Monday, December 27, 2010

Earth is a Lucky Planet, Part Two. Thank God for Jupiter?

In a previous entry, I introduced the Rare Earth hypothesis of Peter Ward and Donald Brownlee, which states that Earth-like planets on which complex life could have evolved are very rare in the universe. One reason was that Earth revolves around a stable star, the Sun.
Ward and Brownlee also point out that the Earth resides in a very lucky neighborhood of the Solar System. The two sources of luck are Jupiter and the Moon. First, consider Jupiter.

When the Solar System first formed, it was a disc of small asteroids. Many of these asteroids ran into each other and were crushed into planets by their own gravity. These planets continued to mop up asteroids until about 3.9 billion years ago. After that time, few asteroids remained that could crash into the planets. Most of the craters on the Moon (which, as large as some planets, also helped to clear away asteroids) are older than 3.9 billion years. The Moon, which has no wind or weather, has preserved an intact sample of the asteroid impacts that imperiled the early Solar System.

Another important component of the Solar System is comets. There are billions of these dirty balls of ice that orbit the sun just beyond the outer edge of the Solar System. Most of them remain at the edge of the Solar System, but some of them have very elliptical orbits, which bring them close to the sun. They whip around the Sun like a slingshot, and fly back out into the outer edges of the Solar System. While comets are near the sun, solar radiation vaporizes some of the water, creating the comet’s “tail” that everyone recognizes. Before 3.9 billion years ago, there were also a lot of comets, but they are now, like asteroids, comparatively rare.

The principal reason that asteroids and comets now only rarely fall from the sky is the planet Jupiter. Jupiter is so massive, and has such a powerful gravitational field, that it has sucked up most of the asteroids in the inner solar system, except for those in the asteroid belt, whose orbits have been stabilized by that same Jovian gravitation. Any asteroid or comet that happens to come within several million miles of Jupiter is drawn inevitably into its gaseous embrace. This is exactly what happened to the comet Shoemaker-Levy 9 in 1994. After whipping around the Sun and heading back into the outer reaches of the solar system, this comet slipped too close to Jupiter, whose gravity fractured it into pieces. Each piece created a huge flare of radiation as it fell into Jupiter’s dense atmosphere, and each of the black spots that remained visible for a few weeks was similar in size to the Earth. Therefore Jupiter continues to clear away asteroids and comets from the Solar System. Without Jupiter, asteroids and comets might be hitting Earth so frequently that life would not have a chance to exist for very long.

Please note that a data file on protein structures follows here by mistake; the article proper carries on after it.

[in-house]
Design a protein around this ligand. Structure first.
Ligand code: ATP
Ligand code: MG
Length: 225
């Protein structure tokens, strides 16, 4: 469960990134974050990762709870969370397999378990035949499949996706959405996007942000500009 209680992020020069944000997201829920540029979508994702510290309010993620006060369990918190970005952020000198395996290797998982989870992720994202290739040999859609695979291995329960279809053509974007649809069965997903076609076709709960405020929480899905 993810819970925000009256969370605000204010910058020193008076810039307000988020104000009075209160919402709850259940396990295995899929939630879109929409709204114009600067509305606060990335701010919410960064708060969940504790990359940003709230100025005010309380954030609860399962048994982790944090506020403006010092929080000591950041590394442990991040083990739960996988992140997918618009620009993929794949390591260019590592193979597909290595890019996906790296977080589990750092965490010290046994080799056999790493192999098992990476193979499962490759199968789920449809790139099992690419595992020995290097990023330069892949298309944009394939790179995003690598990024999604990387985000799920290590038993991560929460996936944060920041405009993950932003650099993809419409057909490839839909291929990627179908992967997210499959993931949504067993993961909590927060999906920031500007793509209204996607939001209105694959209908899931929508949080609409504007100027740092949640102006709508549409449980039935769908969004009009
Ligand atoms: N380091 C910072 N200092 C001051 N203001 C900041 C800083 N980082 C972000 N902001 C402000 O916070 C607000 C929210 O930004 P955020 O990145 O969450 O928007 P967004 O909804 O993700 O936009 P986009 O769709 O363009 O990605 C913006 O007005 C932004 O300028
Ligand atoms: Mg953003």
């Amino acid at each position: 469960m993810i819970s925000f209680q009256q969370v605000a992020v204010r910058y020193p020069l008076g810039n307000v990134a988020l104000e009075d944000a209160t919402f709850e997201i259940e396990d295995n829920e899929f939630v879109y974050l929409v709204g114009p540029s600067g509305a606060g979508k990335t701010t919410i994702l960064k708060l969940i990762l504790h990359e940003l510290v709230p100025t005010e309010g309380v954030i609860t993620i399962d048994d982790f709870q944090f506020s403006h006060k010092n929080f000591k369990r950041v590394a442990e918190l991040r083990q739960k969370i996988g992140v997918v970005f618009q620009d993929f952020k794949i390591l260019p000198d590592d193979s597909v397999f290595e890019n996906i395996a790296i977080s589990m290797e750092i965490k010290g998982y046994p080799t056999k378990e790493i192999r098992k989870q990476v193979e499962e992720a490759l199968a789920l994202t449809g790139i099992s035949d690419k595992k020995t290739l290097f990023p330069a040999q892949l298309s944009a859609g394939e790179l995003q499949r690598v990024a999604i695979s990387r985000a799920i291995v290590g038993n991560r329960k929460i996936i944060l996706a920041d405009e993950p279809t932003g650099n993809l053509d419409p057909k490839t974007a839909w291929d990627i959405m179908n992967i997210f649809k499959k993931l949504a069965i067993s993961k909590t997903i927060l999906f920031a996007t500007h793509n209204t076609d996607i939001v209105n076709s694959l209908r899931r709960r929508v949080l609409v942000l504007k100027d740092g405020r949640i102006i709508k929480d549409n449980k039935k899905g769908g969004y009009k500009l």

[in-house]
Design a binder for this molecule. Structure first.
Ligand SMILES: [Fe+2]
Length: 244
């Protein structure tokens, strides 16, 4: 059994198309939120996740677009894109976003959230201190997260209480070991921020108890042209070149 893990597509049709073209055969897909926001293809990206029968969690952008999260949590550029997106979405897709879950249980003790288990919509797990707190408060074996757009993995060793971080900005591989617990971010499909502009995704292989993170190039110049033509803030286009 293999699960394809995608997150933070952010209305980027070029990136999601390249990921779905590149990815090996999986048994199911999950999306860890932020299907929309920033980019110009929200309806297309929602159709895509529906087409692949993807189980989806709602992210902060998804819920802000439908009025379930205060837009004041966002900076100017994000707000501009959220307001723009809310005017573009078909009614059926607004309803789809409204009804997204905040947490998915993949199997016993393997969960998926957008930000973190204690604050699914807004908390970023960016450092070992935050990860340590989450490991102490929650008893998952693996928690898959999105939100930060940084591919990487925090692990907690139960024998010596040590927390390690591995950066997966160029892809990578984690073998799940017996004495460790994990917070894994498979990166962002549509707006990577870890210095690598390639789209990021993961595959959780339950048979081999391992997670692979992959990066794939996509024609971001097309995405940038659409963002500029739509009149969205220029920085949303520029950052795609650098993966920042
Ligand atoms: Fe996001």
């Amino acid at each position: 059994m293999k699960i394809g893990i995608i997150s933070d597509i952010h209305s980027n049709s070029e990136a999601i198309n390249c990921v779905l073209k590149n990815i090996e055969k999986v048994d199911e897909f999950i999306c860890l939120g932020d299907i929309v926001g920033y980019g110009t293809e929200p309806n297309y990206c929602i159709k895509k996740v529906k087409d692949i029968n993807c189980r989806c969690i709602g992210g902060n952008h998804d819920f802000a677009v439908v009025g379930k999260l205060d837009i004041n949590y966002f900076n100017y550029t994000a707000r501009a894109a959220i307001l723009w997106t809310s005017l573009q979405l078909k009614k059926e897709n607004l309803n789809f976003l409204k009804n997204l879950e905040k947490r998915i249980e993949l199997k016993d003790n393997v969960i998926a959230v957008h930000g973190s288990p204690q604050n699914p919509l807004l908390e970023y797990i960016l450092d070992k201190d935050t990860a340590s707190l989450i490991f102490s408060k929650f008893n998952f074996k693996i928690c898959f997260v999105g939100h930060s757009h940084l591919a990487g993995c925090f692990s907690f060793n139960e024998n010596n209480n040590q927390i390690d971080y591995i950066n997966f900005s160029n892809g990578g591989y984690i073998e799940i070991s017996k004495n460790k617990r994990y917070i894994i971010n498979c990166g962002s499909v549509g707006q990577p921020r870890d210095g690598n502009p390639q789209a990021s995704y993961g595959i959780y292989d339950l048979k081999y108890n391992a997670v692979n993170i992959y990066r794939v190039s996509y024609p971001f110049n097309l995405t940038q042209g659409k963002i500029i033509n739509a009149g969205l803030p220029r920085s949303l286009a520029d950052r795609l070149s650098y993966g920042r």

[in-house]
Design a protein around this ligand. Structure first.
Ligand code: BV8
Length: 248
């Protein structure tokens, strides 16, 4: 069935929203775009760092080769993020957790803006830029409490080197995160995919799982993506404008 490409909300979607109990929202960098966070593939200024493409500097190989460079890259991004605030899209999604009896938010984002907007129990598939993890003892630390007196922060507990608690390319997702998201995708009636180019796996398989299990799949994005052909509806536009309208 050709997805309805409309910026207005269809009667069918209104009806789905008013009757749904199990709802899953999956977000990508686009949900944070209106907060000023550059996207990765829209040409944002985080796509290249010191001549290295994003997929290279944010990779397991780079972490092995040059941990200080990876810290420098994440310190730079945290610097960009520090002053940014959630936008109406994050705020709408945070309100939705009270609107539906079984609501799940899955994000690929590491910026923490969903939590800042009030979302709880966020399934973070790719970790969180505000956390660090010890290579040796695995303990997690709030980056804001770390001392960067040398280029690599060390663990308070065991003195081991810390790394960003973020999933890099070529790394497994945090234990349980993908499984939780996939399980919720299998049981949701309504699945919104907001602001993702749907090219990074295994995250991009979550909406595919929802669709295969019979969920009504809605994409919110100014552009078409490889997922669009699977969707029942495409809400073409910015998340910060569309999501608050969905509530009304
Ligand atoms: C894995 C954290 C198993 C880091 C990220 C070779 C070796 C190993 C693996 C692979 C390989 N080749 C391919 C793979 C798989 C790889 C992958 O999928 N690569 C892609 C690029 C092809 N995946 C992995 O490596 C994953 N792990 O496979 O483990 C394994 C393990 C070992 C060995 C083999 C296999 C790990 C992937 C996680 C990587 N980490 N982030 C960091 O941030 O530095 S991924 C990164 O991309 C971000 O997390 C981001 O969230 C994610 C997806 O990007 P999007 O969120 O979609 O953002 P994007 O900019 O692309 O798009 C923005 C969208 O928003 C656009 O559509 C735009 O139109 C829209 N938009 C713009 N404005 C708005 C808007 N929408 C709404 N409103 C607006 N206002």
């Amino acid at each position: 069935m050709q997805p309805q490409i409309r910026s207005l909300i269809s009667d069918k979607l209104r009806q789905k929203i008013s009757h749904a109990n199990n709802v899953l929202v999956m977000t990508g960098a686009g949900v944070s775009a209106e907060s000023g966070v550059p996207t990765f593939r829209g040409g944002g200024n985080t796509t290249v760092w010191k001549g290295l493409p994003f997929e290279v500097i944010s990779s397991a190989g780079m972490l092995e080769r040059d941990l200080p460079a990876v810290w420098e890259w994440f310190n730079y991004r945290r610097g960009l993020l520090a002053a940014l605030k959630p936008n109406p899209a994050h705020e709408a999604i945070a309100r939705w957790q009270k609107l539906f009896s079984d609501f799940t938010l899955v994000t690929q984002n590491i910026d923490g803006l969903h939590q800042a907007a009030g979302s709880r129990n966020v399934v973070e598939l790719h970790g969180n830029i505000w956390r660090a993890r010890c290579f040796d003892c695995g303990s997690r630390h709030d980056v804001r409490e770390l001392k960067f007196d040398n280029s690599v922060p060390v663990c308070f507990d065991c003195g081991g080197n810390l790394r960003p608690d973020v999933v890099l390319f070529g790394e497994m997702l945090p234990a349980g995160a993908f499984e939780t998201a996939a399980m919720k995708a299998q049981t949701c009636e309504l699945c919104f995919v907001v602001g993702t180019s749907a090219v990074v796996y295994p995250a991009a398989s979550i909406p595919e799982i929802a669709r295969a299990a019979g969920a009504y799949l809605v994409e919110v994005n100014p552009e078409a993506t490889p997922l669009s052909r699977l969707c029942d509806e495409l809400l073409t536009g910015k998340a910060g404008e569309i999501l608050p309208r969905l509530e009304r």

And then there is Earth’s closest neighbor, the Moon. Most planets have moons, but Earth is the only planet in the Solar System with a moon so large in relation to it. Mars has two tiny moons, Deimos and Phobos, named after the two horses of the war god’s chariot. Jupiter and Saturn have moons larger than ours, but tiny in relation to the planetary masses. Our Moon is large enough and just far enough away to profoundly influence our planet without severely disrupting it. Everyone knows that the tug of the Moon causes the tides. Were it not for tides, there would be no intertidal zone, the only home of thousands of species of organisms. But tides may be of relatively little importance to the planet as a whole, even though they are important to barnacles. The major effect of the Moon on Earth, crucial to the survival of life as a whole, is to stabilize its movement.

As planets revolve around their suns, they rotate on their axes. These rotational axes wobble, pointing in different directions at different times. Any planet with a large amount of wobbling would have unstable climatic zones, since sometimes the equatorial zone and sometimes the polar zones would directly face the sun. The part of a planet directly facing its sun will receive the most intense radiation and be warmest. How could tropical, temperate, and polar plants and animals evolve, if the climates of those zones are extremely variable? This appears to have happened with Earth’s less fortunate little brother, Mars. Earth, however, has not tilted more than about 20 degrees from the plane of its revolution. Even the little bit of wobbling that the Earth does experience has been enough to cause about twenty Ice Ages during the last two million years of Earth history. We have the Moon to thank for the relative stability of Earth’s movements.

Earth is mighty lucky to have neighbors like Jupiter and the Moon. Otherwise, complex life might never have evolved here.

I adapted this essay from part of chapter 1 of my forthcoming book, Life of Earth: Portrait of a Beautiful, Middle-aged, Stressed-out World, to be released soon by Prometheus Books.

Also do not forget the new YouTube channel that I announced in the previous post (see below).


  1. One of the questions that I have regarding the blocking power of Jupiter's gravitational field is that the orbital year of Jupiter is so much longer than Earth's and for a good portion of our year we are exposed to comets. Or so it seems to me. The lunar bonus for life is much easier to comprehend for a non-astronomer such as myself, and perhaps this is a question for an astronomer to answer.

  2. Thanks. Good point. I was just passing on what I learned from Peter Ward and Donald Brownlee's book, Rare Earth. Thanks for reading and commenting.